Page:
Why Negative Publicity Sells Faster Than Sex

This image right here has birthed loads of memes, much more than Odunlade can produce in a day.

It started when Colin Kaepernick was revealed as the face of Nike’s 30th anniversary campaign. Apart from being an NFL player, Colin is famous for resisting police brutality against black people. He put his career on the line to fight inhuman treatments meted out by the police in the United States.

To demonstrate his frustration and kick against racial injustice, Colin took a knee two years ago as the national anthem played before the NFL games. This act was largely perceived by Whites as lack of patriotism, a mark of total disregard for the national flag.

Despite the hate, it was shocking to see Nike, a multinational clothing company align with his struggle. They endorsed and unveiled Colin as the face of their brand. The copy of the campaign made it harder to swallow as most Americans felt Colin has sacrificed nothing to deserve such lofty height. The caption reads:

“Believe in something. Even if it means sacrificing everything.”

As soon as the image was made public, all hell broke loose. People were seen burning their Nike shoes in protest. They went on social media to display their outrage against the company for embarking on such campaign using the face of an athlete who disrespected the national flag.

Many swore never to buy Nike products anymore. And there were fears in the air that Nike was going down. Of course, it was a calculated risk aimed at making significant footprint in history.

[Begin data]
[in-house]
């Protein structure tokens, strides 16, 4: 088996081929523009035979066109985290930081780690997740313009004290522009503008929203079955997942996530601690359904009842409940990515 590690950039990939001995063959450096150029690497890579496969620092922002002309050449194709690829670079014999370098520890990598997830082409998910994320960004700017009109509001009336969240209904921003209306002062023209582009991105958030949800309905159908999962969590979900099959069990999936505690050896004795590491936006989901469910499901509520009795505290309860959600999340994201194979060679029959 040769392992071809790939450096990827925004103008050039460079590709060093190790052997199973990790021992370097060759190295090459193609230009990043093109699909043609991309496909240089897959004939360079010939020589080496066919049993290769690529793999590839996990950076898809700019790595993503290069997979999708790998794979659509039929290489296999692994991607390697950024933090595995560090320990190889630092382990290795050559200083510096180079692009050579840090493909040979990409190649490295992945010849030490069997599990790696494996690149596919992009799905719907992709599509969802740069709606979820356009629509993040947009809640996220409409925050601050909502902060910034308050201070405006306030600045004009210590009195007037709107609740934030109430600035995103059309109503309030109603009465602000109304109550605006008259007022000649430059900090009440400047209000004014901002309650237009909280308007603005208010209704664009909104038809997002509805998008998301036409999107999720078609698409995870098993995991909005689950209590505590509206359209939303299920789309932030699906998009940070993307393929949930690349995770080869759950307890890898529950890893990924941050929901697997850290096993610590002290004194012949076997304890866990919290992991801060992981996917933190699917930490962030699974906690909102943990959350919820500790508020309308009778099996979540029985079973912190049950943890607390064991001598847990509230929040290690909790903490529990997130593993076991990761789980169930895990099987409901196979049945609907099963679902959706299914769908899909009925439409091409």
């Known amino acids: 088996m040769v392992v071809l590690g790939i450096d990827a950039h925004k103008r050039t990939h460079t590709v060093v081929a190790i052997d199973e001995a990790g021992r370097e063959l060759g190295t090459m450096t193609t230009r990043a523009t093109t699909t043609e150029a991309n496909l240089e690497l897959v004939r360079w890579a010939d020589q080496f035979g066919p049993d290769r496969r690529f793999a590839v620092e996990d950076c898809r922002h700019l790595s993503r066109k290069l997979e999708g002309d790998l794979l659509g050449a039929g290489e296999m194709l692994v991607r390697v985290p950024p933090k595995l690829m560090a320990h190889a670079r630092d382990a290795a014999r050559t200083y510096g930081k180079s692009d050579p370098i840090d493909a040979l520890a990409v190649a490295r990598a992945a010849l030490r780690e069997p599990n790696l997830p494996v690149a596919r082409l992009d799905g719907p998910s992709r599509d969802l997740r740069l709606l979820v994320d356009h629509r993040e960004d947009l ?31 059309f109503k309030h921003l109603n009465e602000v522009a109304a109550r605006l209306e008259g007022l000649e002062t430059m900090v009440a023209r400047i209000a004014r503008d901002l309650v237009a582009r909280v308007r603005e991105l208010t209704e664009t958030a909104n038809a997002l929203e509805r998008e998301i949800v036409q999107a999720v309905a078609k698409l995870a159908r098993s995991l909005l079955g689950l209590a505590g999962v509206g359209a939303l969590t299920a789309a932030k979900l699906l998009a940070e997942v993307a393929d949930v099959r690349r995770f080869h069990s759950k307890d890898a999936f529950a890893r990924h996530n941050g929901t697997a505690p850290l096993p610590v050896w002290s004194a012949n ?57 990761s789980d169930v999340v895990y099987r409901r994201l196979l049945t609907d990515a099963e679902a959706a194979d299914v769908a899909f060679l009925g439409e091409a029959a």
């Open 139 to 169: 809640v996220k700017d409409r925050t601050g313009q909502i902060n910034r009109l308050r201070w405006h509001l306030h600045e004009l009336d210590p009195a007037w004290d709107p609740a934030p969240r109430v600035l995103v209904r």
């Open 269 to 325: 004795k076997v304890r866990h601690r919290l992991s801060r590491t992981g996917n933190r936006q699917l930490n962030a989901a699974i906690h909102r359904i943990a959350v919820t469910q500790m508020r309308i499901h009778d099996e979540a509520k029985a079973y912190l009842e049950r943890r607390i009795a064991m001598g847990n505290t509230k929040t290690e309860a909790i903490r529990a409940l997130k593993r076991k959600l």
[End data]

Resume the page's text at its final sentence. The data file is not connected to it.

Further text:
Then the memes begin.

People saw the need the thrive on negativity. They began to post a grayscale image of themselves with a little tweak to the caption. It went viral and made Nike achieve so much visibility.

It was estimated that the amount of visibility Nike have achieved since the campaign started is worth $50 million dollars.

Amazing, isn’t it?  There goes the power of hate.

I’ve always maintained that bad publicity does not exist. Publicity is publicity.

Apart from sex, negative publicity sells like ice cream. The key here is engagement. Everyone is talking about Nike. What else would they have asked for as 30th anniversary present? And to even make it better, they are on the side of the oppressed.

Even though the oppressed in this case may not form a large part of Nike’s customers, the company’s emotional involvement in their struggle is one of empathy for people who couldn’t save themselves from racial injustice and prejudices.

It’s a win-win for the brand.

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4 thoughts on “Why Negative Publicity Sells Faster Than Sex”

  1. Thanks for the insightful article on the issue. Even I that have been an Adidas fan for close 29 years has been won over to start wearing them more.

    I even saw an Adidas meme of Kanye’s infamous quote “slavery was a choice”. Quite hilarious.

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